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MONKEY POD ​

Cenízaro / Samanea saman

Local Names
Carreto, Genícero, Guachapalí, Zorra, Dormilón, Algarrobo, Samaguare, Lara, Carabalí, Huacamayo-Chico.
Distribution & Tree
Monkey pod or the rain tree is native to southern Mexico and Guatemala and is found southwards through Peru, Bolivia, and Brazil. It has been introduced in other tropical regions worldwide, including the Philippines, India and Fiji. In Hawaii, “monkey pod bowls” are a common craft piece. The tree may reach heights of 38 meters and trunk diameters of 125 centimeters. When grown in open pasture, it develops a massive crown up to 60 m wide and a short thick trunk. It tends to occur in transitional zones between dry and humid tropical forest, usually on gently sloping plains or mesas. The species is a nitrogen fixer. Our group manages planted monkey pod which makes an excellent shade cover for cacao.
Wood Appearance
Monkey pod’s heartwood runs from a dark walnut to a rich chocolate-brown. When seasoned it lightens to a golden-brown with darker streaks in the form of overlapping arches. Its texture is medium to coarse with a medium luster Medium and a straight to interwoven grain. The wood is a substitute for black walnut and parota (conacaste).
Processing Properties
The wood saws and machines easily but it can become fuzzy when working pieces with interlocked grain. It takes an excellent finish. The wood can be impregnated.
Strength & Durability
The wood is rated durable to very durable in resistance to attack by a white-rot and brown-rot fungus and is rated resistant to attack by dry-wood termites.
Wood Uses
Fine furniture (including live-edge slab) and cabinet work, millwork, decorative veneer, joinery, and turnery.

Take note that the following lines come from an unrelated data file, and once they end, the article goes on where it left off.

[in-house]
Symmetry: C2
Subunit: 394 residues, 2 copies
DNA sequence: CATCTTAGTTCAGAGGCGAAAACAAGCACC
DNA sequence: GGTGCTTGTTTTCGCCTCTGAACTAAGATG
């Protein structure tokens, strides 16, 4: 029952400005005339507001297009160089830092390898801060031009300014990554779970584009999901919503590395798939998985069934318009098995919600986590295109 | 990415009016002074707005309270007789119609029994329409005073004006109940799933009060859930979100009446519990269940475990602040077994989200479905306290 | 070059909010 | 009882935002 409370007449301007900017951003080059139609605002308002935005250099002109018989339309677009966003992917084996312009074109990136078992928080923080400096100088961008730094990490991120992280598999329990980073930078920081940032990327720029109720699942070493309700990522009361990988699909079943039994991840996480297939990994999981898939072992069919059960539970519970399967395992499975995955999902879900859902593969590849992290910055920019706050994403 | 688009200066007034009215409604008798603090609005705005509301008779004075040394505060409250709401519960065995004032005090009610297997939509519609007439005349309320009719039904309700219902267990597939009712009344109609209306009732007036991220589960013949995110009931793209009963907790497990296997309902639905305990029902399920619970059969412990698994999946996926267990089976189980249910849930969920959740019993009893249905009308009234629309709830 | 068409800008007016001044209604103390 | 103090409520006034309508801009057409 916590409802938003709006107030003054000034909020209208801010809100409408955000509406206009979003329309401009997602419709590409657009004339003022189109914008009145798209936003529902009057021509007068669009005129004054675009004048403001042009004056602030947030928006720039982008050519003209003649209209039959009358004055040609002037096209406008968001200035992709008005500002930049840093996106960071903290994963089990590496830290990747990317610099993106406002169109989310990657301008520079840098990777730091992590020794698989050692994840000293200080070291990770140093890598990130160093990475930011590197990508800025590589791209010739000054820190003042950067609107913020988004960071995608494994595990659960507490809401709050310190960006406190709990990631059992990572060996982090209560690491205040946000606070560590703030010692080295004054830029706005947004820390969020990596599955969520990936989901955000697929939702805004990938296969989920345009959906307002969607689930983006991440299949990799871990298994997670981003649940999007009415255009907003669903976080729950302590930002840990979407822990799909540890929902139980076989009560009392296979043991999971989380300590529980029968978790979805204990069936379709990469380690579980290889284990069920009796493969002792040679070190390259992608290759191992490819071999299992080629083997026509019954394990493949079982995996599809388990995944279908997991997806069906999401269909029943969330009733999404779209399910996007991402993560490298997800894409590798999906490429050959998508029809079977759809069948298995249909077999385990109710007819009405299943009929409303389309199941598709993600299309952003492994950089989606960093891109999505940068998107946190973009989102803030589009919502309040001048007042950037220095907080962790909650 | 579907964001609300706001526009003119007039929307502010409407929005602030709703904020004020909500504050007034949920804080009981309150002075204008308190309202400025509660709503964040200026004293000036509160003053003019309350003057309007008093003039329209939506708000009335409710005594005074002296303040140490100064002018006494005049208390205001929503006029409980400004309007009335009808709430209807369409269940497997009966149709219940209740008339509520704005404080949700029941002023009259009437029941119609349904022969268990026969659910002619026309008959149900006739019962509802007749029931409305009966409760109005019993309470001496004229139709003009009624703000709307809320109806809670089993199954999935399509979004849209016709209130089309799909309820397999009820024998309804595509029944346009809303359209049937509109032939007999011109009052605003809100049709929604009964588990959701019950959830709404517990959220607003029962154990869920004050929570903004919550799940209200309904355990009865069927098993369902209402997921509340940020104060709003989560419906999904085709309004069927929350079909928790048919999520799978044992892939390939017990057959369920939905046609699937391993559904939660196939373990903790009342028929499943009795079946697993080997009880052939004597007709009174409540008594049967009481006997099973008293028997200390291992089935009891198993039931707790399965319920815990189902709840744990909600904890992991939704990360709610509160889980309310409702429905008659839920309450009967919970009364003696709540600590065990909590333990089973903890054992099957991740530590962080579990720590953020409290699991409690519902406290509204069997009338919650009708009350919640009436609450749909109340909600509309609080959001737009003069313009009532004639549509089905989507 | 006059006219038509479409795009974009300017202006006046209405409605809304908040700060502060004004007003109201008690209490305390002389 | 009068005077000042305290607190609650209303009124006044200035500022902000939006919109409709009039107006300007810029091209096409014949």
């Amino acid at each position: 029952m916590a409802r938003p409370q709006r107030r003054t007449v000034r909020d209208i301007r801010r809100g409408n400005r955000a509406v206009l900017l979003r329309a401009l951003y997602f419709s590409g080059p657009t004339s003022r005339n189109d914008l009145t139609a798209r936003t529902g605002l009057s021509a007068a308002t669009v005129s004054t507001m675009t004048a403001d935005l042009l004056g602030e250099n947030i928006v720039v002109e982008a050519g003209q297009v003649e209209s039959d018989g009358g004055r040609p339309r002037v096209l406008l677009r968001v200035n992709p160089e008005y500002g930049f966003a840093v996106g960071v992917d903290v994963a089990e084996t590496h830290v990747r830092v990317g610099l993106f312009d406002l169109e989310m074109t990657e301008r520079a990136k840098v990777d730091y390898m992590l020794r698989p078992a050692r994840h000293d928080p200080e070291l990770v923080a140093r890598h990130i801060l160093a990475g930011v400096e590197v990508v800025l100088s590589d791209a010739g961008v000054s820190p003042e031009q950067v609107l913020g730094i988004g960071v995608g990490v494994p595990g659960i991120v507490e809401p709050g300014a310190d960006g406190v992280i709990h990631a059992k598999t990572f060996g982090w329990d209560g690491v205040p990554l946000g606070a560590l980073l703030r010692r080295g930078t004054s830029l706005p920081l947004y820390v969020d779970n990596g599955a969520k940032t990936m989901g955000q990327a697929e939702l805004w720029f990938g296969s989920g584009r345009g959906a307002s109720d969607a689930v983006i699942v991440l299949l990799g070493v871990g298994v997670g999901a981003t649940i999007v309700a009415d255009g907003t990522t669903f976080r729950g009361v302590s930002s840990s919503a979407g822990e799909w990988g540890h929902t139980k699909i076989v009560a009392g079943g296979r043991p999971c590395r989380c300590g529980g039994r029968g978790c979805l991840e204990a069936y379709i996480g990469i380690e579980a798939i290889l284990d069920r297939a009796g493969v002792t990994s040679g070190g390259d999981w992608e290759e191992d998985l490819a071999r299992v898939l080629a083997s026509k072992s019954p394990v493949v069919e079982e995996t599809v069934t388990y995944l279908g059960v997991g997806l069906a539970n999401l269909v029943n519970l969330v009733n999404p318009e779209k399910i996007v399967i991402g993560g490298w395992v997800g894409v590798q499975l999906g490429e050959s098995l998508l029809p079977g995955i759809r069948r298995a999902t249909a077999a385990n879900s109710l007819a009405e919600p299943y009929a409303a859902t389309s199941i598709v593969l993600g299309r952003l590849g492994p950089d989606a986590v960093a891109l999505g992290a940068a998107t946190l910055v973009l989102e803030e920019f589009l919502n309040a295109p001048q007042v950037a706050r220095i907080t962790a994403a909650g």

Ecological & Social Importance
The tree is highly favored for its shade and nutritious pods eaten by cattle, hogs, and goats. The pods contain 12-18% protein content.
Reference Species
Technical CharacteristicsMonkey PodBlack WalnutRed Cedar
Densitykg/m3641610530
Janka Hardnesskgf431458408
Bending Stiffness (Modulus of Elasticity)GPa7.911.66.1
Bending Strength (Modulus of Rupture)MPa65.7100.760.7
Crushing StrengthMPa39.952.341.5
Shrinkage, Radial%2.0%5.5%3.1%
Shrinkage, Tangential%3.4%7.8%4.7%
Shrinkage, Volumetric%6.0%12.8%7.8%
T/R Ratio1.71.41.5
Values determined at 12% humidity - Provided for reference only

DENSITY

JANKA HARDNESS

BENDING STIFFNESS

BENDING STRENGTH

CRUSHING STRENGTH

SHRINKAGE

Values are for reference only and cannot be guaranteed. Wood is a natural material and physical and mechanical properties may vary depending on age, genetics, and other factors. We encourage customers to consult the references provided in the bibliography. For further explanations of wood’s key technical characteristics, an excellent resource is the Wood Database with articles on Density (average dried weight); Janka hardness; Elastic Modulus; Rupture Modulus; Crushing Strength; Radial, Tangential and Volumetric Shrinkage.

ReferencesView Source
"Catálogo de Arboles." Red de Viveros de Biodiversidad.
"Guía de Especies Forestales de Nicaragua." Orgut Consulting AB. MARENA/INAFOR. 2002
Blanco Flórez, J. "Caracterización de las 30 Especies Forestales maderables más Movilizadas en Colombia Provenientes del Bosque Natural." Ministerio de Ambiente y Desarrollo Sostenible. 2020
Catálogo virtual de flora del Valle de Aburrá, Universidad EIA
Longwood, F. "Puerto Rican Woods: Their Machining, Seasoning and Related Characteristics." Agricuiture Handbook No. 205. USDA.
Monkey Pod. The Wood Database.
Saman. ITTO Lesser Known Species.
Saman. Laboratorio de Productos Forestales. Universidad Nacional de Colombia. 2018.
Saman. Wood Technology Transfer Fact Sheets. Forest Products Laboratory. USDA Forest Service.
Samanea saman. Cordero, J. Boshier, D. "Arboles de Centroamerica: Un manual para extensionistas." Oxford/Catie. 2003
Samanea saman. Vozzo, J.A. (ed) "Manual de Semillas de Arboles Tropicales." 2010.
Vignote Peña "Principales Maderas Tropicales Utilizadas en España." Universidad Politécnica de Madrid